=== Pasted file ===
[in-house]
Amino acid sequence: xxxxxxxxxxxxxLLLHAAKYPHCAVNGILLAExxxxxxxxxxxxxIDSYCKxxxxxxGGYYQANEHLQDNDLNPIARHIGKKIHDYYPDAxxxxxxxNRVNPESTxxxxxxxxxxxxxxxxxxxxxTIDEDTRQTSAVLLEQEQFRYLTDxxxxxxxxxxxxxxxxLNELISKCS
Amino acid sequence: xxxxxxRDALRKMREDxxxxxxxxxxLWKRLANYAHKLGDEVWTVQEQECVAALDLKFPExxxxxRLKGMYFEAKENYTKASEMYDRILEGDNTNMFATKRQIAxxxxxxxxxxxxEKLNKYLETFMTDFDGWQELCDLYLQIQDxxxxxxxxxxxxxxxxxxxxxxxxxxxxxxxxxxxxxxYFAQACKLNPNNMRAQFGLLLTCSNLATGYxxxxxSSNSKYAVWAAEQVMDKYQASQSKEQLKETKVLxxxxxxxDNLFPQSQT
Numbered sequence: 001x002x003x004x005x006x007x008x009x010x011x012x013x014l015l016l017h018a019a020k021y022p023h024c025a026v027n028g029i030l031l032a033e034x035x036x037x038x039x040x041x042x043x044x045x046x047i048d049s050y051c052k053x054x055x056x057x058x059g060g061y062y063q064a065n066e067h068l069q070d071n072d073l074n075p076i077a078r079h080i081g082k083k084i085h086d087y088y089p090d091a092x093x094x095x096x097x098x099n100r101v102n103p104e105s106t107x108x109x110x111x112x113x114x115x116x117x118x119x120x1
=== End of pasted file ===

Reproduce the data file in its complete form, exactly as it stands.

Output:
[in-house]
Amino acid sequence: xxxxxxxxxxxxxLLLHAAKYPHCAVNGILLAExxxxxxxxxxxxxIDSYCKxxxxxxGGYYQANEHLQDNDLNPIARHIGKKIHDYYPDAxxxxxxxNRVNPESTxxxxxxxxxxxxxxxxxxxxxTIDEDTRQTSAVLLEQEQFRYLTDxxxxxxxxxxxxxxxxLNELISKCS
Amino acid sequence: xxxxxxRDALRKMREDxxxxxxxxxxLWKRLANYAHKLGDEVWTVQEQECVAALDLKFPExxxxxRLKGMYFEAKENYTKASEMYDRILEGDNTNMFATKRQIAxxxxxxxxxxxxEKLNKYLETFMTDFDGWQELCDLYLQIQDxxxxxxxxxxxxxxxxxxxxxxxxxxxxxxxxxxxxxxYFAQACKLNPNNMRAQFGLLLTCSNLATGYxxxxxSSNSKYAVWAAEQVMDKYQASQSKEQLKETKVLxxxxxxxDNLFPQSQT
Numbered sequence: 001x002x003x004x005x006x007x008x009x010x011x012x013x014l015l016l017h018a019a020k021y022p023h024c025a026v027n028g029i030l031l032a033e034x035x036x037x038x039x040x041x042x043x044x045x046x047i048d049s050y051c052k053x054x055x056x057x058x059g060g061y062y063q064a065n066e067h068l069q070d071n072d073l074n075p076i077a078r079h080i081g082k083k084i085h086d087y088y089p090d091a092x093x094x095x096x097x098x099n100r101v102n103p104e105s106t107x108x109x110x111x112x113x114x115x116x117x118x119x120x1